In his second and fourth habeas claims, Johnson argues that his trial and appellate counsel were constitutionally ineffective. In particular, Johnson maintains that his trial counsel failed to conduct any pre-trial investigations and that if counsel had conducted an investigation, he would have discovered that Johnson is dyslexic. Johnson also contends that his trial counsel was ineffective for failing to move to suppress his videotaped statement and to quash his arrest. In addition, Johnson contends that his trial counsel failed to file pretrial motions. Moreover, Johnson argues that his appellate counsel was constitutionally ineffective because counsel failed to address the issue of Johnson's ineffective assistance of trial counsel on direct appeal.
The Illinois Appellate Court rejected Johnson's ineffective assistance of counsel claims in his post-conviction petition because Johnson failed to provide the Illinois courts with any affidavits or other evidence supporting his allegations, including that he was dyslexic, as required by the Illinois Post-Conviction Hearing Act, 725 ILCS 5/122-2. See Davis v. Lambert, 388 F.3d 1052, 1060 (7th Cir. 2004) ("Under the Illinois Post-Conviction Hearing Act, a petitioner must attach to his initial post-conviction petition 'affidavits, records, or other evidence supporting its allegations or shall state why the same are not attached.'"). The Illinois Appellate Court's conclusion that Johnson failed to provide evidentiary support or any explanation of why evidentiary support was not attached as required under the Illinois Post-Conviction Hearing Act is an independent and adequate state ground because the Illinois Appellate Court relied on the lack of evidentiary materials in disposing of Johnson's ineffective assistance of counsel claims. See Hampton v. Leibach, 347 F.3d 219, 242 (7th Cir. 2003).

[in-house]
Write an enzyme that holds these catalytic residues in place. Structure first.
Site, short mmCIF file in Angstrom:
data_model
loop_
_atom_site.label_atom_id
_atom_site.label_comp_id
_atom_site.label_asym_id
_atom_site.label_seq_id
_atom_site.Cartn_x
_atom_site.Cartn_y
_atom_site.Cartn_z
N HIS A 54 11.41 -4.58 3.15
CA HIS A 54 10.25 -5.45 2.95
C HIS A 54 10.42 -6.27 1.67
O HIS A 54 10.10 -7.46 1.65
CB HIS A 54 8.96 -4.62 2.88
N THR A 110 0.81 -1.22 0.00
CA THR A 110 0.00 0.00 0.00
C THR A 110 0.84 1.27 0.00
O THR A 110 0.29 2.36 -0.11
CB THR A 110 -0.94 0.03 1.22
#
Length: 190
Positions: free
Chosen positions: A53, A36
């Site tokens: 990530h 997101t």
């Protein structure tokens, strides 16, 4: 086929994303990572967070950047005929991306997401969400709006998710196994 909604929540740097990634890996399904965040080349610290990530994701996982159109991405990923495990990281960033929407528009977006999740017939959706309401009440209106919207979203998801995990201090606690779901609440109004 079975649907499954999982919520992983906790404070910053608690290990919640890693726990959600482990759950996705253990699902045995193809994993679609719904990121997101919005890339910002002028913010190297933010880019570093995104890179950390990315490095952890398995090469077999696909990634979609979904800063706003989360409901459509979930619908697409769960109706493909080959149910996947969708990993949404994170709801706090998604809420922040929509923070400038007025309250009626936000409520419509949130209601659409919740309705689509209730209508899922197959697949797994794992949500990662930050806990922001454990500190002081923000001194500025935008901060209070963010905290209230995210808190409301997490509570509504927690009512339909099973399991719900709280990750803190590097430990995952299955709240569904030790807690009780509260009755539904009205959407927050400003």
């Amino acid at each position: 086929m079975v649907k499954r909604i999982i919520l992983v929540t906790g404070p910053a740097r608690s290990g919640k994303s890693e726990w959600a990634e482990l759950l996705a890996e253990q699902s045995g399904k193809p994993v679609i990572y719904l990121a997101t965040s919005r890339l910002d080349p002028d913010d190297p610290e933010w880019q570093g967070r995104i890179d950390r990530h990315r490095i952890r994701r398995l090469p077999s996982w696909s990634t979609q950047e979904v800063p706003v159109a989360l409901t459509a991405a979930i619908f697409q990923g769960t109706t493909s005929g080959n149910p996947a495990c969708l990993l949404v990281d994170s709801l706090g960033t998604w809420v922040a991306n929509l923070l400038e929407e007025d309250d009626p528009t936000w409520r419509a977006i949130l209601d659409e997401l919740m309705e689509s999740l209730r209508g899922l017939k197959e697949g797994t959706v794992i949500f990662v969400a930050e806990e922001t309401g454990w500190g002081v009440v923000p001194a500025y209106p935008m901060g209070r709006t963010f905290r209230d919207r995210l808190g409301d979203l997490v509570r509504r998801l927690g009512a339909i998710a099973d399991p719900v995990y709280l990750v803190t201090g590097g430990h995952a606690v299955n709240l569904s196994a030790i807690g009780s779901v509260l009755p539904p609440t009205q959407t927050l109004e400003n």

Because the Illinois courts relied upon an independent and adequate state law ground to dismiss Johnson's ineffective assistance of counsel claims, these claims are procedurally defaulted, and thus the Court cannot address the merits of these claims. See Smith v. McKee, 598 F.3d 374, 382 (7th Cir. 2010); Gray v. Hardy, 598 F.3d 324, 327-38 (7th Cir. 2010). "Procedural default may be excused, however, if the petitioner can show both cause for and prejudice from the default, or show that the district court's failure to consider the claim would result in a fundamental miscarriage of justice." Gray, 598 F.3d at 328. Johnson maintains that he is actually innocent, and thus arguing that the Court can review the merits of his procedurally defaulted claims based on the fundamental miscarriage of justice exception.